We now need that small handful of politicians who actually have the power to do something to get on and take the necessary action, rather than to talk platitudes, schedule yet more meetings, create “task forces” etc. The EU offered a blanket exemption for performers during the Brexit negotiations: that was turned down by the UK’s negotiators. So the resolution now will have to come on a country-by-country basis, with bilateral agreements needed with 27 countries. There have been no winners here.

    • Maria says:

      There is a choice on life. You make your bed: you lie in it. We voted to leave, and we have left. Now, as in anything in life, we will make it a success. Keep going on about it will not change the fact we have left. The truth is other countries are there wanting to leave.

      • UK Arts Administrator says:

        If orchestras can’t actually afford to play any more in countries where they used to get good, profitable work (work that kept them and their musicians afloat) because of substantial costs involved in new visa regulations – additionally noting that this work used heftily to subsidise work in the UK – then it is hard to see how anyone can “make it a success”.

        The average orchestral player or pro chorus singer – freelancers, almost all of them – gets paid a fee of around £160 per day. But now, as example, if to give a concert in Spain on a tour costs an additional €232 (plus the unpaid half day spent going to the embassy to get the necessary visa) with the promoter in Spain unable to find substantial extra funding for (say) 60 visas, the concert becomes uneconomic. So the date is lost to the UK orchestra.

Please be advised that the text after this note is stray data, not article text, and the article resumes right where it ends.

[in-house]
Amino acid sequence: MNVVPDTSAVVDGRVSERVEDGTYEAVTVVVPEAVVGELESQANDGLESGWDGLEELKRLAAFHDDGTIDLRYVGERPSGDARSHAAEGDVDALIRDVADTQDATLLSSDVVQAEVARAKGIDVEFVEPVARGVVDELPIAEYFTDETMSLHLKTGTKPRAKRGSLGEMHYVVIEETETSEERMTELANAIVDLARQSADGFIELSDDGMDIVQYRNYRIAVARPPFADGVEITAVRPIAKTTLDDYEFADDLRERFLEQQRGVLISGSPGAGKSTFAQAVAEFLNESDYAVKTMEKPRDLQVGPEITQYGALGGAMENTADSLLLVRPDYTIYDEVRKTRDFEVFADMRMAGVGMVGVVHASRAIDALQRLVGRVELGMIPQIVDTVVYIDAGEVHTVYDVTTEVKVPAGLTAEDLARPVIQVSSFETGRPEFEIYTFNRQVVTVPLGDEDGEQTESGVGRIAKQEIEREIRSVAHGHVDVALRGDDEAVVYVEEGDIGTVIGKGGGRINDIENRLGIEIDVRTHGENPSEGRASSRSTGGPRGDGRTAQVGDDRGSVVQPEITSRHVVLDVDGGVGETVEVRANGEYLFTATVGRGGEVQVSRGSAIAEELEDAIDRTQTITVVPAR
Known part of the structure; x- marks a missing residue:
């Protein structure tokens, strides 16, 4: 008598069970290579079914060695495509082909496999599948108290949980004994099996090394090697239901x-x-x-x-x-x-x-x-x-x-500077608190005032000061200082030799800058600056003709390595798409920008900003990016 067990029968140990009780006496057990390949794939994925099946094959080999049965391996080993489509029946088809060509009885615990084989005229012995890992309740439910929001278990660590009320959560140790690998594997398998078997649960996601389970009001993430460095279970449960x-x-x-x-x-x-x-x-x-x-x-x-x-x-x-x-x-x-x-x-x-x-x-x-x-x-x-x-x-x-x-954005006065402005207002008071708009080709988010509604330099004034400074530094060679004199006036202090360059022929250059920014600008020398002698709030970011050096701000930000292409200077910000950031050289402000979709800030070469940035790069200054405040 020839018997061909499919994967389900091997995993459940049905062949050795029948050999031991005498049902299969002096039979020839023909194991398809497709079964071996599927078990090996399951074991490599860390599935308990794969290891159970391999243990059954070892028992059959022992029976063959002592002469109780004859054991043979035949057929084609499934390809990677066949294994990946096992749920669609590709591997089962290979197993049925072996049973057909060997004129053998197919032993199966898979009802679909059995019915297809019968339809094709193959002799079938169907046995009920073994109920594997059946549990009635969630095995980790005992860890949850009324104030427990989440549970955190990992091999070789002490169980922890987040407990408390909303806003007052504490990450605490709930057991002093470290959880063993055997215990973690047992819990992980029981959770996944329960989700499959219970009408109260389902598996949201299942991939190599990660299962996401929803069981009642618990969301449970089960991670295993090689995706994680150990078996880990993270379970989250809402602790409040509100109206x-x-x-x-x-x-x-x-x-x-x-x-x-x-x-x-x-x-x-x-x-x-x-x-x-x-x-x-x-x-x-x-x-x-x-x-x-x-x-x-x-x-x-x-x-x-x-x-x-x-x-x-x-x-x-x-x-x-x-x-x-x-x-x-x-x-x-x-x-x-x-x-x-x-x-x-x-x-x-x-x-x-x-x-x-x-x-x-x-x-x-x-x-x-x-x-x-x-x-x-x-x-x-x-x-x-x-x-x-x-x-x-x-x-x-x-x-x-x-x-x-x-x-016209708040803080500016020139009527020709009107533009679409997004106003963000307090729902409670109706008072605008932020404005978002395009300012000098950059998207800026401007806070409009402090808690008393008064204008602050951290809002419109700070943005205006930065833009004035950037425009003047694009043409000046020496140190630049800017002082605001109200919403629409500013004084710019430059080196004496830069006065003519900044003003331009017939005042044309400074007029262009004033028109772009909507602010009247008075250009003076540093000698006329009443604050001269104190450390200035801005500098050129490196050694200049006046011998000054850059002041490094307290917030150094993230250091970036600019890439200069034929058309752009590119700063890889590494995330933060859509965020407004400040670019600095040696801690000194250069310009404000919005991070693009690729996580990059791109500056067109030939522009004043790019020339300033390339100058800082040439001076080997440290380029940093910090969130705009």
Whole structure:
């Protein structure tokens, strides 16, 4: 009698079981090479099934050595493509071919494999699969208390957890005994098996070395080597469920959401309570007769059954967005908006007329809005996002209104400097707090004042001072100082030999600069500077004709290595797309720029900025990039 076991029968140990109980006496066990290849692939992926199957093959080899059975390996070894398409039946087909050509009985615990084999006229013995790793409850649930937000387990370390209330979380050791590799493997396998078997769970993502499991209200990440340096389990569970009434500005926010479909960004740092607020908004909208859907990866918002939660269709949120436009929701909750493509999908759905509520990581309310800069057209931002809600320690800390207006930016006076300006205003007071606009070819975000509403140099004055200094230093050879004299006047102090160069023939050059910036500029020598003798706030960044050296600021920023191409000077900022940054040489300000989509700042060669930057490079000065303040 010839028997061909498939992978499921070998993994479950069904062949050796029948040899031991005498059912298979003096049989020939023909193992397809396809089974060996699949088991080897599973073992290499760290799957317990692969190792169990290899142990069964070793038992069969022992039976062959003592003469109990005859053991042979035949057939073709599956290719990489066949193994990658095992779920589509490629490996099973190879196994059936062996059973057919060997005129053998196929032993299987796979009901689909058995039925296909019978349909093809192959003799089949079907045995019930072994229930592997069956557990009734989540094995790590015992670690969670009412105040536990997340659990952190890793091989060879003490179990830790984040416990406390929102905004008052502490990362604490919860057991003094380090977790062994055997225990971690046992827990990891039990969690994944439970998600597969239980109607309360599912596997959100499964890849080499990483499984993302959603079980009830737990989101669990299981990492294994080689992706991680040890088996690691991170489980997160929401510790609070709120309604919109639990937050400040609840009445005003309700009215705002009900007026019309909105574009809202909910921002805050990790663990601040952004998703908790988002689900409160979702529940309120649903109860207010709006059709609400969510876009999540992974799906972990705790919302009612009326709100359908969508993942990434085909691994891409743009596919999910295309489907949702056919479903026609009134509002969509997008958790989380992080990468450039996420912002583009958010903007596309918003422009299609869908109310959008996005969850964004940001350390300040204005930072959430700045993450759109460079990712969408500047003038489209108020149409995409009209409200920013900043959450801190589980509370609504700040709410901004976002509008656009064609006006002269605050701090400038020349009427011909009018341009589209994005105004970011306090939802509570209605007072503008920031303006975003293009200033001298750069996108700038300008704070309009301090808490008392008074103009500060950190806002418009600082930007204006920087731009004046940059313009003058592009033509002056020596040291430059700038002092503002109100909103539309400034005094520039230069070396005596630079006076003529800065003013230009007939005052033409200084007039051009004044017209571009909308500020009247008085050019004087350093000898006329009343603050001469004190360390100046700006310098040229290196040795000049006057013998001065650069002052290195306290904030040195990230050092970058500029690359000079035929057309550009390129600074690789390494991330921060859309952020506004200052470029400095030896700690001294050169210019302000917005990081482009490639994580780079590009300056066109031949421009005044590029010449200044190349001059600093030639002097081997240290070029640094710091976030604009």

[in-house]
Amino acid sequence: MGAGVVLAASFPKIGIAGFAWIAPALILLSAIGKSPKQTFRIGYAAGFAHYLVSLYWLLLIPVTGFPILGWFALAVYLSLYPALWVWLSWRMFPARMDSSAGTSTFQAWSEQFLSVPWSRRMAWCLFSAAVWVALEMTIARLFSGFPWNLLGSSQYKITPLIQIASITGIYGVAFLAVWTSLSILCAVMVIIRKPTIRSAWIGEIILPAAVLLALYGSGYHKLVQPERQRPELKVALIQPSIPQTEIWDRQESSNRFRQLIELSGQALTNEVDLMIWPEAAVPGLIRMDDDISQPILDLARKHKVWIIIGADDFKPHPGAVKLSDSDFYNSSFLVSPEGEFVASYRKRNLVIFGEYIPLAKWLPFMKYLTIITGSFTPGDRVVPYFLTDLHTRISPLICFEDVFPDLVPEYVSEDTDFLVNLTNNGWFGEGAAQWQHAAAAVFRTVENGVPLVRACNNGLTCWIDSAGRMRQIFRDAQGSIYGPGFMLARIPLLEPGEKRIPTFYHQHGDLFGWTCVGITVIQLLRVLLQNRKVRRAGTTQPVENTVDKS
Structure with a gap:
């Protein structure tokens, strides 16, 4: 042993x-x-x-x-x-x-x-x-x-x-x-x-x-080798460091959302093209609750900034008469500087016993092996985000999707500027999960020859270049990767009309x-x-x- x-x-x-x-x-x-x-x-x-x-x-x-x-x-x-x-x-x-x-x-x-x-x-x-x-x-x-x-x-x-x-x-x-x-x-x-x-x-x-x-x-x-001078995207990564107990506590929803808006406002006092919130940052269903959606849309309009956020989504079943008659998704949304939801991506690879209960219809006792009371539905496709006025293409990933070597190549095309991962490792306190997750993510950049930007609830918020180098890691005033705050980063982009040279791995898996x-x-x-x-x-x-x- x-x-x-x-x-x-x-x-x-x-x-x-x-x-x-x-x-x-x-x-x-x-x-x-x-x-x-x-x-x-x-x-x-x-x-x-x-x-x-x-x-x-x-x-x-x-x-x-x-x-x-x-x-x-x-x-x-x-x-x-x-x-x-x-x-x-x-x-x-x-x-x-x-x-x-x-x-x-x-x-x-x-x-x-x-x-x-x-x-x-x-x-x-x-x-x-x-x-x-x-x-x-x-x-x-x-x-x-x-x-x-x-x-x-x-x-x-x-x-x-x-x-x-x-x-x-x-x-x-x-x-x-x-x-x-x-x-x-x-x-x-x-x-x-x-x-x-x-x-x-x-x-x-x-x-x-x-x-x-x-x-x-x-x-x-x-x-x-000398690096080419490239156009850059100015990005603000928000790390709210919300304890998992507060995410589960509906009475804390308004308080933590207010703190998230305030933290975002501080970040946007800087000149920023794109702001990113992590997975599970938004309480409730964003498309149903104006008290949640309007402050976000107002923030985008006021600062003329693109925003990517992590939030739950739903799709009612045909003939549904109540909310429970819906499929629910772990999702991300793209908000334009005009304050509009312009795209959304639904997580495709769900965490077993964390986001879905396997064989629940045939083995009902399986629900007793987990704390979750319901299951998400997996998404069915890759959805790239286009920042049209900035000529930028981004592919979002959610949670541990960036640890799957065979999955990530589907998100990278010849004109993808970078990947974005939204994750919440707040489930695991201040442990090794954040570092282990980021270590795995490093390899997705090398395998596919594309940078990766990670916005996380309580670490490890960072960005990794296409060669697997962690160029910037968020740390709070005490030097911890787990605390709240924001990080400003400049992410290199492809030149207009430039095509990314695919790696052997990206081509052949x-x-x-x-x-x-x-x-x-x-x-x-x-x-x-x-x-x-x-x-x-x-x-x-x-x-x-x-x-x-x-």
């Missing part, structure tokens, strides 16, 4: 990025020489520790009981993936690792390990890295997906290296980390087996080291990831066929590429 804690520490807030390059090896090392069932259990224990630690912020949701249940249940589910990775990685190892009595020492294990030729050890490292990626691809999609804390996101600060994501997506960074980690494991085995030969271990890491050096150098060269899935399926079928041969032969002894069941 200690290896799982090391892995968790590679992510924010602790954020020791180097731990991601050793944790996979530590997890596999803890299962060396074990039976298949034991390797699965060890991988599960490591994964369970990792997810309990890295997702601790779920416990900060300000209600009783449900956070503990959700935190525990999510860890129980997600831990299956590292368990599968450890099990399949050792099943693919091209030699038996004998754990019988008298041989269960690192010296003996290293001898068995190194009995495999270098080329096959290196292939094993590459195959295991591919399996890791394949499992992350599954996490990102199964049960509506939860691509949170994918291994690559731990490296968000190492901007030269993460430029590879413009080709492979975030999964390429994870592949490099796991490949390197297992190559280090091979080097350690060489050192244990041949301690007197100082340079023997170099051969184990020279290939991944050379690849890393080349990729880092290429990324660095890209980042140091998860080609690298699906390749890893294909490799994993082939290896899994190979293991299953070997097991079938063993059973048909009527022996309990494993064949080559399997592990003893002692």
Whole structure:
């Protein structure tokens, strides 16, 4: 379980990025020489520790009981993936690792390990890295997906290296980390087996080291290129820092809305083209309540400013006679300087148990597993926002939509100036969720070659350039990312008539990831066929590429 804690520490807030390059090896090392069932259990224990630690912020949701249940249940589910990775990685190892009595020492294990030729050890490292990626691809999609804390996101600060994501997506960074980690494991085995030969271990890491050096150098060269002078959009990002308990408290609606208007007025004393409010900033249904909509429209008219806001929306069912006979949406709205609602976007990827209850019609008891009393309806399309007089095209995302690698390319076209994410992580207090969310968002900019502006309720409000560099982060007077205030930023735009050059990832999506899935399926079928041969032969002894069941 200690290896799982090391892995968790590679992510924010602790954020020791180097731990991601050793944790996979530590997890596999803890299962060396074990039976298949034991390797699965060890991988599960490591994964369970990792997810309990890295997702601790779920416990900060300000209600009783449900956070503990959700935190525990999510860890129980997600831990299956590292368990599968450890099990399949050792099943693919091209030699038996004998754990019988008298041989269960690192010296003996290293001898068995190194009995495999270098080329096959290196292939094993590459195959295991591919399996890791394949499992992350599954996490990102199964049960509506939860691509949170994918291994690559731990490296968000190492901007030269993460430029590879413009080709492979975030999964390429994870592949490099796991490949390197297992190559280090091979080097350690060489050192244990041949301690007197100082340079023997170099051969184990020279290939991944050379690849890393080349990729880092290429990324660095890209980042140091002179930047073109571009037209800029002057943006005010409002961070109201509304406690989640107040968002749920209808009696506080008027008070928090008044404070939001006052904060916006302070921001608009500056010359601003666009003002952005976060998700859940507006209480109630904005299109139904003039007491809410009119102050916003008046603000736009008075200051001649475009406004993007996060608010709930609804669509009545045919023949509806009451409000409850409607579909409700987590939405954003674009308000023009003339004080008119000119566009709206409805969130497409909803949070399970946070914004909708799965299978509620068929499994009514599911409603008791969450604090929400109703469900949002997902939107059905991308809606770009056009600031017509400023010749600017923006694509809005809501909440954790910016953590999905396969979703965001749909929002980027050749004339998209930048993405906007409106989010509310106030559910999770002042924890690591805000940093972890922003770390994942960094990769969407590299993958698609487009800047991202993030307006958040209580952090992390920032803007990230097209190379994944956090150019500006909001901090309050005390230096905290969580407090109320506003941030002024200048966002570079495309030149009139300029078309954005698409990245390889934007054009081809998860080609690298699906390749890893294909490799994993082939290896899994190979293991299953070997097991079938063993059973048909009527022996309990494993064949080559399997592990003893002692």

Multiply that situation across hundreds of dates that used to be there in Spain, all now falling around our ears (with dates in 2023 already evaporating as there are long lead times in touring), then add extra visa costs for performing in Belgium, Switzerland (it may be non-EU but UK musicians now fall foul of rules there), Italy, half the Balkan countries, etc etc, that’s one heck of a hole in the UK’s Arts balance sheet, and one heck of a hole in the already precarious income of hard-pressed freelance musicians.

        If you can tell us how people working in UK Arts can resolve that, please, please tell us. No-one else has yet managed to work that one out, so, please give us your sunny solution so we can “make it a success”.

        • Terence says:

          I can think of several solutions but I don’t know EU or UK law so I’ll just suggest a possible one:

          Reciprocal appearances.

          Perform for free. The promoter then uses the profit (by agreement) to pay a e.g. Spanish group to play in the UK for free. The UK promoter then pays the UK performers for their Spanish concert.

          Not perfect I agree but surely possible?

  • Monty Earleman says:

    How does a String Quartet make $1 million? Start with $10 million-